Landmark was more than a store where you went to to buy books. It was a place that you went just to spend time in. Sometimes, you enter the store, take a look at the Best-Sellers shelf, flip a few pages from the books there and put them back because who reads popular stuff anyway, and head to your favourite shelf in the store, the shelf you know so well, occasionally stopping on the way to look at other books that aren’t particularly your favourite genre, but they’re books, and all books deserve a look, because who knows what you’ll discover, maybe it’ll even be your new favourite author. Some other times, you go to the store telling yourself that you have come here to buy one particular book and that book only, and you enter, and head straight for that shelf ignoring the other books on the way, pick the book out, feeling victorious and then you pause for a second, look around, see yourself surrounded by books, and you’re like, NO I’LL TAKE THEM ALL, but then realize that even if you can afford to buy the store out, it wouldn’t be the same to have all of them at home so you decide to just sit in the little chair between the shelves and get lost in the stories that surround you.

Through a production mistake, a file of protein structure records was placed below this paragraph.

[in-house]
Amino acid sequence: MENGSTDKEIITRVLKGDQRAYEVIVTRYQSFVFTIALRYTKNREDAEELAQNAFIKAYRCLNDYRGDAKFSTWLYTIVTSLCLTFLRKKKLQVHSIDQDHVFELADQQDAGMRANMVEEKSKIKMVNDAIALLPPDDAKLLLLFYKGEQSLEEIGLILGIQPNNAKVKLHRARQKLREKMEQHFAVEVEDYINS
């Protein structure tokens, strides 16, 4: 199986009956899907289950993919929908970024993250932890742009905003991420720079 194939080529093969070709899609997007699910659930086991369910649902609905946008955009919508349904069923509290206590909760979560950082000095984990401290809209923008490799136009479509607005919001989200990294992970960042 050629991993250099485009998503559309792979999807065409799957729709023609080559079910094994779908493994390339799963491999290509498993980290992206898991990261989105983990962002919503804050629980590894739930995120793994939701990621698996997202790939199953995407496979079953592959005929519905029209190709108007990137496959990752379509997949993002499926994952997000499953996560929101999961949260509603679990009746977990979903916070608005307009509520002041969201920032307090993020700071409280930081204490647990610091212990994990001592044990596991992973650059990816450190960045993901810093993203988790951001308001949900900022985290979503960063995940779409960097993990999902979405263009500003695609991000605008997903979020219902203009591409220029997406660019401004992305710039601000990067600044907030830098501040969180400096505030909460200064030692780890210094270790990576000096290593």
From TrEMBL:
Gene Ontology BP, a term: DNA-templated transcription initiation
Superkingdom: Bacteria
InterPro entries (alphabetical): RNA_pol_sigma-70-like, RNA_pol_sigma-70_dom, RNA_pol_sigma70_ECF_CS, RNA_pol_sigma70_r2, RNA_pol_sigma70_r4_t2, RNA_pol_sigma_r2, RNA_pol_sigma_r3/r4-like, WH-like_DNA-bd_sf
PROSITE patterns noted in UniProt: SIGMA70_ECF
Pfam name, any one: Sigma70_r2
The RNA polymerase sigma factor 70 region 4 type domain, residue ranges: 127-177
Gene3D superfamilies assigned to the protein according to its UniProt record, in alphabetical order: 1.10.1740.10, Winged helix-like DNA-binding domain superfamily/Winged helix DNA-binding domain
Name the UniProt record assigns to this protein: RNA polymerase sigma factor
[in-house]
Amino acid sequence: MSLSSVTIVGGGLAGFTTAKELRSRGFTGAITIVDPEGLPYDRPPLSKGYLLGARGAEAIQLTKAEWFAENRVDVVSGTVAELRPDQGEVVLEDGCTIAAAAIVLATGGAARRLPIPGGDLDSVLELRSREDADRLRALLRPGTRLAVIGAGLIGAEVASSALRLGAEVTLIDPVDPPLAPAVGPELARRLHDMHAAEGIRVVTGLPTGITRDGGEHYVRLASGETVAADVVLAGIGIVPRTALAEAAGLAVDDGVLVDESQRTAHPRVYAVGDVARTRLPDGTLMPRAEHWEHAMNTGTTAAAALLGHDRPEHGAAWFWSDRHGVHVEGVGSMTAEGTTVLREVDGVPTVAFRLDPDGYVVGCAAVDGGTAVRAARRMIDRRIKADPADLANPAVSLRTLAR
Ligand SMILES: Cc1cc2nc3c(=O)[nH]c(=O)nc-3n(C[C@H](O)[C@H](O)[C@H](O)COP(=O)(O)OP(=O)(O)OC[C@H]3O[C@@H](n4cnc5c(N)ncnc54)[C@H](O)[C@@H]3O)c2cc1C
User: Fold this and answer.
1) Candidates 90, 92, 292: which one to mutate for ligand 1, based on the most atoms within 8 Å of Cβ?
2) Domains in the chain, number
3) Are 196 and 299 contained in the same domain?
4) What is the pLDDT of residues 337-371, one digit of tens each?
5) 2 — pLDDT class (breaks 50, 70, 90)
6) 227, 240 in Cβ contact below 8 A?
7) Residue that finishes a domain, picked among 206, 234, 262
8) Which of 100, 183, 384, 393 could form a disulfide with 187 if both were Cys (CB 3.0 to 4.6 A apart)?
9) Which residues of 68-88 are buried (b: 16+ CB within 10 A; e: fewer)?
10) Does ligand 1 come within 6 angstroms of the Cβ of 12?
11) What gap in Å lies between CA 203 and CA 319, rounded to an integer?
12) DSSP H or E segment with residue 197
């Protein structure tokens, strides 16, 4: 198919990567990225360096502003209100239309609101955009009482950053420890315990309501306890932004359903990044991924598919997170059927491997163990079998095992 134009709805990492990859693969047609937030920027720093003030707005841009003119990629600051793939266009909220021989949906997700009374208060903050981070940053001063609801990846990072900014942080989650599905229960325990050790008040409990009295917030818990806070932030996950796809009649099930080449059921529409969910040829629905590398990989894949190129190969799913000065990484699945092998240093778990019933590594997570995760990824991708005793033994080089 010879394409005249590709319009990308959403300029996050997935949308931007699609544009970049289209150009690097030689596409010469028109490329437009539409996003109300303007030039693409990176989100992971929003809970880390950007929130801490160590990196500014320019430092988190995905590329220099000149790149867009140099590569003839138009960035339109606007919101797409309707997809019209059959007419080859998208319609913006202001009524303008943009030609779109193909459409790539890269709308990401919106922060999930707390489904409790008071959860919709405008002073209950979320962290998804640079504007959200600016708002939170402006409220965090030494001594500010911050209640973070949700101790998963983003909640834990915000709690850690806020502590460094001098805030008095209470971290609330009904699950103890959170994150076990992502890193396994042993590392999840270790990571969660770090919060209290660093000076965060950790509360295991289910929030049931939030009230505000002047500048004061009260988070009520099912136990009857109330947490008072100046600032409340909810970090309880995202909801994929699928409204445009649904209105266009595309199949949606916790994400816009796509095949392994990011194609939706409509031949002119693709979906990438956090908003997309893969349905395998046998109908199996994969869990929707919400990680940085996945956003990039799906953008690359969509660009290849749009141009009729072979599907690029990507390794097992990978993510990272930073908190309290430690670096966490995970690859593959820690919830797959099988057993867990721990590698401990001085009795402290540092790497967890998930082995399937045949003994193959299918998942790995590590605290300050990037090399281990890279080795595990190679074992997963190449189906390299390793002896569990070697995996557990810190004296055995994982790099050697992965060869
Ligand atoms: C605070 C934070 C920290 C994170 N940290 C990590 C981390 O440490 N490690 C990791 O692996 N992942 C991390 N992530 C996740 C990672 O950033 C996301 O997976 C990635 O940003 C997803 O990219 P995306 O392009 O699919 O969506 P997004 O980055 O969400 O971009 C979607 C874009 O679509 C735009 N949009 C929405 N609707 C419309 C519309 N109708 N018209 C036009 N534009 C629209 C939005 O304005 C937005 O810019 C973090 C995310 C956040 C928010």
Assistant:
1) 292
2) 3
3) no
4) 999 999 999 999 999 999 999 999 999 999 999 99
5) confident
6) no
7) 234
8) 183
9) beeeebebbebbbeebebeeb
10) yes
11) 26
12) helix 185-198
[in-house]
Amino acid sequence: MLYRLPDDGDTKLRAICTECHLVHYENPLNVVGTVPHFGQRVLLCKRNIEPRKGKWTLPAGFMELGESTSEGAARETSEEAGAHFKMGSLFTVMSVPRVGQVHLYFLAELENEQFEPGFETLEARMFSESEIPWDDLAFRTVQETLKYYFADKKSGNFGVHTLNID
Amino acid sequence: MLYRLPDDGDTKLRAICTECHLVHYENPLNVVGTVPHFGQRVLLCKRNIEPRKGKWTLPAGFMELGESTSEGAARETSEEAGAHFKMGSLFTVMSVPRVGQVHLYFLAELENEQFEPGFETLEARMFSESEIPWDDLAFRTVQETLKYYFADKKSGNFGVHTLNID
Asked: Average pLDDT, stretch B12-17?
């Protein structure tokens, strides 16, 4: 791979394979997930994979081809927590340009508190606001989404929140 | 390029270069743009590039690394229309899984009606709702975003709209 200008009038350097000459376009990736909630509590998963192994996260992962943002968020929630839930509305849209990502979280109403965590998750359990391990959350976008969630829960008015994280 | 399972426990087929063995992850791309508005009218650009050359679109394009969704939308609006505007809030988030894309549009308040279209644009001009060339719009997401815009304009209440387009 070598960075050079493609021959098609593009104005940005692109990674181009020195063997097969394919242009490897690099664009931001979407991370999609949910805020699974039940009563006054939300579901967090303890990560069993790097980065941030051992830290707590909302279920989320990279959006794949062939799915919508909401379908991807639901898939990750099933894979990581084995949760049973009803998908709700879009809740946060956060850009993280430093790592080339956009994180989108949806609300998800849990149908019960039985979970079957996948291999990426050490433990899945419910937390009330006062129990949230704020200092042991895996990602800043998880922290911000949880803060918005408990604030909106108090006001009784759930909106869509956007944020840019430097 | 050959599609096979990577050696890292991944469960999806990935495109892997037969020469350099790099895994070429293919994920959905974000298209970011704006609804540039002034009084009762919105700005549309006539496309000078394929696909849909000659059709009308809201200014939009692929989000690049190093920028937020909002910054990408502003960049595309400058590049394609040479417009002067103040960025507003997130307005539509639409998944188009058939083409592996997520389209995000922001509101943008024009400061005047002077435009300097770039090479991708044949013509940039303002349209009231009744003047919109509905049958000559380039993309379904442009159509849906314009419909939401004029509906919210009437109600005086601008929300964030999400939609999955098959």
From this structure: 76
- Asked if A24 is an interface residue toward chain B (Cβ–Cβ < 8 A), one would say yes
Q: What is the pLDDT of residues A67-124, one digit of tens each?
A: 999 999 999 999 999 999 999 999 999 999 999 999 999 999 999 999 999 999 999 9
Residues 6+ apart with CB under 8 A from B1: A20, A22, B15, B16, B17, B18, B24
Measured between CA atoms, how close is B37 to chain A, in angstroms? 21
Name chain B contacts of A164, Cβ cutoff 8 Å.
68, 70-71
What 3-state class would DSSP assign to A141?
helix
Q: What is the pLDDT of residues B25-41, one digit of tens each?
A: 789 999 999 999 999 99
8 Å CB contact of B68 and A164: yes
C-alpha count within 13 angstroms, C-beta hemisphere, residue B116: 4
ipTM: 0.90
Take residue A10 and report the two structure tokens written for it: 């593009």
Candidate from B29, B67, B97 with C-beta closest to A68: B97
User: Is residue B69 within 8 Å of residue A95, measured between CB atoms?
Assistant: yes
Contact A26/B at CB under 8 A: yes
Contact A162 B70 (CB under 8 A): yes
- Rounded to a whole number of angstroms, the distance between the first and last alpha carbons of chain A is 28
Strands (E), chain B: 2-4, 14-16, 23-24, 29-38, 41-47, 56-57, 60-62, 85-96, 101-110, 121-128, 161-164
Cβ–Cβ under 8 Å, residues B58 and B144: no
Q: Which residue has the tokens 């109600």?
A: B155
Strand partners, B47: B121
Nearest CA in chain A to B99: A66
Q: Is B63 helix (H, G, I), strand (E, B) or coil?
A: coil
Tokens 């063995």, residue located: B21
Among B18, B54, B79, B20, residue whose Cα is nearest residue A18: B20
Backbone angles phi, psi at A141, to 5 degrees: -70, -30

The last five years, with the change in ownership, online retailers taking over the scene, and brick-and-mortar bookstores all over the world shutting down, Landmark deteriorated. The books were old, the selections, dull and the place had the air of a graveyard. The penultimate time I went there to pick up a couple of magazines, the girl who did my billing told me I had Rs.250 in my loyalty card and asked if I wanted to use it. I’ll use it the next time, I told her.